According to this history of the Barra Airport, commercial air service to Barra began in 1936. A wide beach called Traigh Mhòr proved to be the ideal landing strip for the rocky island. A passenger terminal was built in 1978.
Here's a video of a plane landing on one of Barra Airport's beach runways.

Hidden Ocean Locked Up Deep in Earth's Mantle

Found! Hidden Ocean Locked Up Deep in Earth's Mantle
Earth's surface oceans are quite apparent, even from satellite images of our blue marble, but now …
Deep within the Earth's rocky mantle lies oceans' worth of water locked up in a type of mineral called ringwoodite, new research shows.
The results of the study will help scientists understand Earth's water cycle, and how plate tectonics moves water between the surface of the planet and interior reservoirs, researchers say.
The Earth's mantle is the hot, rocky layer between the planet's core and crust. Scientists have long suspected that the mantle's so-called transition zone, which sits between the upper and lower mantle layers 255 to 410 miles (410 to 660 kilometers) below Earth's surface, could contain water trapped in rare minerals. However, direct evidence for this water has been lacking, until now.
To see if the transition zone really is a deep reservoir for water, researchers conducted experiments on water-rich ringwoodite, analyzed seismic waves travelling through the mantle beneath the United States, and studied numerical models. They discovered that downward-flowing mantle material is melting as it crosses the boundary between the transition zone and the lower mantle layer.  
"If we are seeing this melting, then there has to be this water in the transition zone," said Brandon Schmandt, a seismologist at the University of New Mexico and co-author of the new study published today (June 12) in the journal Science. "The transition zone can hold a lot of water, and could potentially have the same amount of H2O [water] as all the world's oceans." (Melting is a way of getting rid of water, which is unstable under conditions in Earth's lower mantle, the researchers said.)
A water-rich mineral
Ringwoodite is a rare type of mineral that forms from olivine under very high pressures and temperatures, such as those present in the mantle's transition zone. Laboratory studies have shown that the mineral can contain water, which isn't present as liquid, ice or vapor; instead, it is trapped in the ringwoodite's molecular structure as hydroxide ions (bonded oxygen and hydrogen atoms).
In March, another research group discovered an unusual diamond from the mantle that encased hydrous ringwoodite. Though the find suggested the transition zone could contain a lot of water, it was the first and only ringwoodite specimen from the mantle scientists have ever analyzed (all other samples were produced in the lab or found in meteorites), and may not be representative of other mantle ringwoodite.
"Right now, we're one-for-one, because that ringwoodite had some H2O in it, but we didn't know if it was normal," Schmandt told Live Science. So Schmandt and geophysicist Steven Jacobsen of Northwestern University in Illinois set out to observationally test if other mantle ringwoodite also contains water.
The researchers knew the crystal structure of ringwoodite allows the transition zone to hold water, but that structure changes if the material moves across the boundary to the lower mantle (due to increasing pressures and temperatures). Because the structure of minerals in the lower mantle can't trap water the way ringwoodite can, Schmandt and Jacobsen reasoned the rocks would melt as they flowed from the transition zone to the lower mantle. "Melting is just a mechanism of getting rid of the water," Schmandt said.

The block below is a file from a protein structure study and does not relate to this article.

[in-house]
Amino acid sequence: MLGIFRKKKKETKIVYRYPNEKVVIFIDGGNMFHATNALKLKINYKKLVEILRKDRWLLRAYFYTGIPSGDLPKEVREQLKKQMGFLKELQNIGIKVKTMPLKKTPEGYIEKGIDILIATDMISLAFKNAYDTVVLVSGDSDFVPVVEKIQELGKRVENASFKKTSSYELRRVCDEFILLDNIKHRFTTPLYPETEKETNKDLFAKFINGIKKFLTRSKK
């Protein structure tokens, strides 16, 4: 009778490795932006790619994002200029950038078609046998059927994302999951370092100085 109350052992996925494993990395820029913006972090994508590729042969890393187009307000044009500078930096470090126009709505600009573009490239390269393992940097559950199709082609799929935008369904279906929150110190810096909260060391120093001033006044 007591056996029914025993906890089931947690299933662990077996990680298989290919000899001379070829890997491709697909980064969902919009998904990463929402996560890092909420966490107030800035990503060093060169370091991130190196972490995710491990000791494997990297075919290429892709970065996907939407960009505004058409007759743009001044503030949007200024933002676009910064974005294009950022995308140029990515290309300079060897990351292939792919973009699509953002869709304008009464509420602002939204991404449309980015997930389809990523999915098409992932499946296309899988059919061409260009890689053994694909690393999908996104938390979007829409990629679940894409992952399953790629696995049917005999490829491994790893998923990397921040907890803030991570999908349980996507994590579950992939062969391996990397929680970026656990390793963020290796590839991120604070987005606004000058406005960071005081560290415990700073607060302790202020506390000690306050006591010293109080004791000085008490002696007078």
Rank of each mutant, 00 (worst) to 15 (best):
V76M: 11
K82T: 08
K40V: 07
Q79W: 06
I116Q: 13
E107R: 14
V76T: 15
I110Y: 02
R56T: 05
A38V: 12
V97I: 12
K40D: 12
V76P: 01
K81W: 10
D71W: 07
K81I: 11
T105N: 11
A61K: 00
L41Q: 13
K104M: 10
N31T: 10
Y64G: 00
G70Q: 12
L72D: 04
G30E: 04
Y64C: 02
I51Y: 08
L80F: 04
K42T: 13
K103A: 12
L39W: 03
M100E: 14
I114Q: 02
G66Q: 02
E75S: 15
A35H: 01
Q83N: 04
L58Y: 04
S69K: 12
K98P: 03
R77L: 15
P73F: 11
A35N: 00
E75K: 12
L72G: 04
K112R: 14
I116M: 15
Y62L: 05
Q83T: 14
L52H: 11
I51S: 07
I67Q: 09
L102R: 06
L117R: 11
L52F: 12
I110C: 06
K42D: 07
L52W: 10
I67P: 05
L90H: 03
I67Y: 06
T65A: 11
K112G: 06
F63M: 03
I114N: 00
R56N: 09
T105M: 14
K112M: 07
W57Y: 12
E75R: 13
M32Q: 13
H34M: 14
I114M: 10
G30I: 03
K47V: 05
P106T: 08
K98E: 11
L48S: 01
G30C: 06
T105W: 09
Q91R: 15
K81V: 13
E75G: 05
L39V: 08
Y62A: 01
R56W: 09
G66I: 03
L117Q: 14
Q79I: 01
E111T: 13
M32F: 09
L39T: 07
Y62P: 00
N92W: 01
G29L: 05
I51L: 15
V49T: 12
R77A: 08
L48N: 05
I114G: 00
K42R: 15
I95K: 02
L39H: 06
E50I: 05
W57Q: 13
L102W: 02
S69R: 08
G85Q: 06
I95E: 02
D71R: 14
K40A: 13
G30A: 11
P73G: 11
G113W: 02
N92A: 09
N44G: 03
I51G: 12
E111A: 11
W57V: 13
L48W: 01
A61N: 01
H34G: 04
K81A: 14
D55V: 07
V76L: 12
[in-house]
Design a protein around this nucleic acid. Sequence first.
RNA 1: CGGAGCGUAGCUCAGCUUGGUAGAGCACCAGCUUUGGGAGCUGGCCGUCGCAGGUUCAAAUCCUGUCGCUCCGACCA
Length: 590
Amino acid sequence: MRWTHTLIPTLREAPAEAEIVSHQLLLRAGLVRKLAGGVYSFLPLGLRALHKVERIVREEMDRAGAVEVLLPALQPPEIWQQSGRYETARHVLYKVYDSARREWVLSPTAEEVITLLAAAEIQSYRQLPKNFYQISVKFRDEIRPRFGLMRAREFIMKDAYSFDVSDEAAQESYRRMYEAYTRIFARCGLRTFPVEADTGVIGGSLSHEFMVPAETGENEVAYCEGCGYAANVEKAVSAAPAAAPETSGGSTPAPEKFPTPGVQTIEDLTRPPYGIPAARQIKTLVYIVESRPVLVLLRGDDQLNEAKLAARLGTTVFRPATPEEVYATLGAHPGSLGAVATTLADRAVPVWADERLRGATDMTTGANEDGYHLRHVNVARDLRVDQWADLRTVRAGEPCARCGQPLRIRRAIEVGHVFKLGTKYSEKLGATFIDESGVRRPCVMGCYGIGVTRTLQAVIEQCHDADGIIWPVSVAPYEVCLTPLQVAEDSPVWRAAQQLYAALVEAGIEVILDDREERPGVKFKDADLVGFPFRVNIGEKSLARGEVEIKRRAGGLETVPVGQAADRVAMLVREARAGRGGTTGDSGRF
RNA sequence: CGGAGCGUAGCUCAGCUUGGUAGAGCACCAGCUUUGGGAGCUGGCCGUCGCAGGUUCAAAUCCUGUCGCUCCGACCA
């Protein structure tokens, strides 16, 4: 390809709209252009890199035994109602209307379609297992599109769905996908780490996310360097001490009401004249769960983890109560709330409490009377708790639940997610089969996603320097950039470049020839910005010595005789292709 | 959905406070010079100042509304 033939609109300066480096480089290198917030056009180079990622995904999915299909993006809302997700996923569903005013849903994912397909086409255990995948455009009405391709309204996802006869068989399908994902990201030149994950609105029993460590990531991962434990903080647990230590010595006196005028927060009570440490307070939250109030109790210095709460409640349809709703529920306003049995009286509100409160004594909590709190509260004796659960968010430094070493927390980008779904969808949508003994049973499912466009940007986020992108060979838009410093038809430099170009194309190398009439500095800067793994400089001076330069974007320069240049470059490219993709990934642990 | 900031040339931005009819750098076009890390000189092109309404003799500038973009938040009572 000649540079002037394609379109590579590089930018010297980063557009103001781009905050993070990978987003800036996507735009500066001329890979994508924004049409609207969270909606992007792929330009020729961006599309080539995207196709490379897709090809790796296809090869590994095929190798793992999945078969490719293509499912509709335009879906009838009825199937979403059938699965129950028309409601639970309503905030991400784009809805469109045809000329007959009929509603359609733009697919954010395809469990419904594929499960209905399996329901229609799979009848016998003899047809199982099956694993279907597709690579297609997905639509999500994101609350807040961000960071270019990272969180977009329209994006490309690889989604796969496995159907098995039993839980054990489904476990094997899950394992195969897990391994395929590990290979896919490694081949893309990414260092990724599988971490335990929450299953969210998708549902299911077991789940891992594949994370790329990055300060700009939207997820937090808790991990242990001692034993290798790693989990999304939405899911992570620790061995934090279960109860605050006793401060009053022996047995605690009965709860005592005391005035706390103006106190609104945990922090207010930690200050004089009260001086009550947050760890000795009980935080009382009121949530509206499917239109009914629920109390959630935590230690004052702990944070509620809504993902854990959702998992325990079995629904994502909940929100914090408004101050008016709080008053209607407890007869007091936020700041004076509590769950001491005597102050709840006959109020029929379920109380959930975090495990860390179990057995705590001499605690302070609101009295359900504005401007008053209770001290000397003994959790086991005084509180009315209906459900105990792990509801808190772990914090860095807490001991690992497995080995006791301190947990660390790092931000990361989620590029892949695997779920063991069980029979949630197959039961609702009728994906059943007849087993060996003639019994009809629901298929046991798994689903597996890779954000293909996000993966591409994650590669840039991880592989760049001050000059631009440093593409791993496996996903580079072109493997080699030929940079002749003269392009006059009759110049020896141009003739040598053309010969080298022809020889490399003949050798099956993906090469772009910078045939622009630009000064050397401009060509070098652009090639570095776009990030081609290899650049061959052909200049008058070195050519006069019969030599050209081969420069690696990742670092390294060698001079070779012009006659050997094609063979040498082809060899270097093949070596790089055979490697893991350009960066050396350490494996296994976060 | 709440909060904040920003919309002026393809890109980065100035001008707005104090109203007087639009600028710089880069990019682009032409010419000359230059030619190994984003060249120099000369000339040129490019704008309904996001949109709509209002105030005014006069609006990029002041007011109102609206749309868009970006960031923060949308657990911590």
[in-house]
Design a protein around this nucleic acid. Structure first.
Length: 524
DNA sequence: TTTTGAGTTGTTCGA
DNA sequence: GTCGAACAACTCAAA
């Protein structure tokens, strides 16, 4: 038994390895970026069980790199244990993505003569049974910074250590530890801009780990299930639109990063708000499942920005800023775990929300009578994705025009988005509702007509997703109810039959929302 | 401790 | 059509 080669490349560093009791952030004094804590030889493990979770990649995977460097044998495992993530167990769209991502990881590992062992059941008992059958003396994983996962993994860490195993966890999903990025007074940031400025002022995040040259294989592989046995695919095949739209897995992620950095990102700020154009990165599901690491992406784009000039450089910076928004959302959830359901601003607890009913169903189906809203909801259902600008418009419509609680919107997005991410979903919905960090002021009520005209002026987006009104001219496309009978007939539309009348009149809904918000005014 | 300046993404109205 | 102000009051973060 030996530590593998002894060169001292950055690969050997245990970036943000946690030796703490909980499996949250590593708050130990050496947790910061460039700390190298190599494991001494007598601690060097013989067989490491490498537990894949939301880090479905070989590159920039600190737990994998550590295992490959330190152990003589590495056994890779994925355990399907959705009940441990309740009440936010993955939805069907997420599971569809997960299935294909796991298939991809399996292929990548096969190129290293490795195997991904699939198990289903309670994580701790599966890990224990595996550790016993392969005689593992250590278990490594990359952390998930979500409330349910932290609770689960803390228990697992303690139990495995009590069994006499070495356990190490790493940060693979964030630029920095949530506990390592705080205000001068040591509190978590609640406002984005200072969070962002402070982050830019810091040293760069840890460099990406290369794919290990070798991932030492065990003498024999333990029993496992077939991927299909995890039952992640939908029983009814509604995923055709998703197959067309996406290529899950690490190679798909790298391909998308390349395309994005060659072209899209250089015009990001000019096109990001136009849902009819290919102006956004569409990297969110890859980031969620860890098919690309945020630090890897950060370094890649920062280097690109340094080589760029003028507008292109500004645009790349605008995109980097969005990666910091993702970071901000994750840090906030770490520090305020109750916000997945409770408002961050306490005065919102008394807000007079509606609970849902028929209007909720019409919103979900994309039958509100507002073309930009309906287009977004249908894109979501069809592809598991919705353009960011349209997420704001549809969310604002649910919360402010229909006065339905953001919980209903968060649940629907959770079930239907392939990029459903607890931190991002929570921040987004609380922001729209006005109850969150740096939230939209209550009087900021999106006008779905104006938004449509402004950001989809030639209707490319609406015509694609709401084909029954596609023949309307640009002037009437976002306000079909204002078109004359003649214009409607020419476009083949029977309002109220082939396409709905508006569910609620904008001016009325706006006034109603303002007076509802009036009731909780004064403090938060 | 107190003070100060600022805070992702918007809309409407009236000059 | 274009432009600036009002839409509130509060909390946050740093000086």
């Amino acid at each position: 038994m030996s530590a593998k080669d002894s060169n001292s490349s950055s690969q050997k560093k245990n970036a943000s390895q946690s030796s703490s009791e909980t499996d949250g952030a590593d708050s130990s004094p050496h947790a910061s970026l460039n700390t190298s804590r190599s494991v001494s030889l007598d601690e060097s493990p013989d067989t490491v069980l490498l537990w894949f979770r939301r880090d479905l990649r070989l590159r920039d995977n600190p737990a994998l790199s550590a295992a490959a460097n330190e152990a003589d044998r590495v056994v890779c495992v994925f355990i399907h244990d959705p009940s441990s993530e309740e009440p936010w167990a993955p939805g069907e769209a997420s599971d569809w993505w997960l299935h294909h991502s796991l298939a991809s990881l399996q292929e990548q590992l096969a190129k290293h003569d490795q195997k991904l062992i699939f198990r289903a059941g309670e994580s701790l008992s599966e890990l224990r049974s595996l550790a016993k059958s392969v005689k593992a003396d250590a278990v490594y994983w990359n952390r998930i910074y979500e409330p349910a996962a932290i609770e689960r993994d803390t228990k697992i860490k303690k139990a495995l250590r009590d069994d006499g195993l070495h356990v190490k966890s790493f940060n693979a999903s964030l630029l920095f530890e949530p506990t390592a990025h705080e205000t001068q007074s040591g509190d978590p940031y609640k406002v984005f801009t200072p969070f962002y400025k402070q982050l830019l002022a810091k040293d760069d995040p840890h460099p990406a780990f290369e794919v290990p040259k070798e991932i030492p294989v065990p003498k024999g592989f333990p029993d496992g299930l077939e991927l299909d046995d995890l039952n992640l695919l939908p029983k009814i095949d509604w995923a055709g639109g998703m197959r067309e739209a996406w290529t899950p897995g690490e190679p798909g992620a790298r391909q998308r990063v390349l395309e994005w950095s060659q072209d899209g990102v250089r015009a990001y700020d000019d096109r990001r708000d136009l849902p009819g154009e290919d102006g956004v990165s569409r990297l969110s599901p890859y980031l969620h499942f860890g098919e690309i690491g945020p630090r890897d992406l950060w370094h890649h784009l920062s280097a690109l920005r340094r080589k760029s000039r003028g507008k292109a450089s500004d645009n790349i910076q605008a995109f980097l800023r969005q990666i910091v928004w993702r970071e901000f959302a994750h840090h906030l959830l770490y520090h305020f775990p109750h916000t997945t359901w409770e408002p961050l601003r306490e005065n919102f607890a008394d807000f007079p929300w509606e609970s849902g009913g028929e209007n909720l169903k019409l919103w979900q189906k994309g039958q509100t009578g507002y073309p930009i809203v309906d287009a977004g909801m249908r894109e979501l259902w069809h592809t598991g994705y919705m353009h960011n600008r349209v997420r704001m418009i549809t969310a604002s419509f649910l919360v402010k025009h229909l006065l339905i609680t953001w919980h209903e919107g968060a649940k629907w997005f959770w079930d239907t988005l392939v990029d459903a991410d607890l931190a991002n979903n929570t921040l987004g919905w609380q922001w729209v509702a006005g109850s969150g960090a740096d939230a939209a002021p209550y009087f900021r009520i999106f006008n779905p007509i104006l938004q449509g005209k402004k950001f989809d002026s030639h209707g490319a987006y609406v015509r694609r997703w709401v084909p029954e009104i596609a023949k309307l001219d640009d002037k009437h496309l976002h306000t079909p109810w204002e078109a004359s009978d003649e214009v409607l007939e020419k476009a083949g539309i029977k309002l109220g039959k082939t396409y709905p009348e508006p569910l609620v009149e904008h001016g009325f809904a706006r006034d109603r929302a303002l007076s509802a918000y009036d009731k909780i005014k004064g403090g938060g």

To test this hypothesis, Jacobsen and his colleagues conducted lab experiments to simulate what would happen to transition zone ringwoodite as it travels deeper into the Earth. They synthesized hydrous ringwoodite and recreated the temperatures and pressures it would experience in the transition zone by heating it with lasers and compressing it between hard, anvil-like diamonds.
Using their setup, they then slowly increased the temperature and pressure to mimic the conditions in the lower mantle. The ringwoodite transformed into another mineral called silicate perovskite, and transmission electron microscopy showed that the mineral contained silicate melt around single crystals of perovskite.
"What that tells us is if there is similarly hydrated ringwoodite in the transition zone that's dragged down, we would expect it to produce melt," Schmandt said. "Because melt changes how seismic waves propagate, that's a target I can hunt for [with seismometers]."
Finding the melt
Using the Earthscope USArray, a network of portable seismometers across the United States, Schmandt analyzed seismic waves as they passed from the transition zone to the lower mantle. He found the waves slowed as they crossed into the lower mantle, suggesting that melt was present in the boundary. Importantly, the decrease in seismic velocity didn't happen everywhere — models showed the wave velocity decreased only where material was flowing downward from the transition zone to the lower mantle, as the researchers predicted.
The melt produced in the boundary likely then flows back upward, returning to minerals that can hold the water, Schmandt said, adding that this mechanism allows the transition zone to be a stable water reservoir.
"[The study] provides critical experimental support for the important role that the transition zone plays in controlling the melting behavior and flux of hydrogen in the deep Earth," Graham Pearson, a mantle geochemist at the University of Alberta, who wasn't involved in the work, told Live Science in an email.
Anna Kelbert, a geophysicist at Oregon State University who also wasn’t involved in the study, notes that scientists have previously used numerous approaches to look for evidence of Earth's interior water reservoir, but this is the first time researchers have searched for clues of the reservoir by focusing on the potential water-induced melting at the bottom of the transition zone. "It provides an important multidisciplinary perspective on this problem," Kelbert said. "It has important implications on our understanding of the behavior of subducting slabs deep in the mantle, and on our understanding of [the] overall water budget/distribution in the Earth."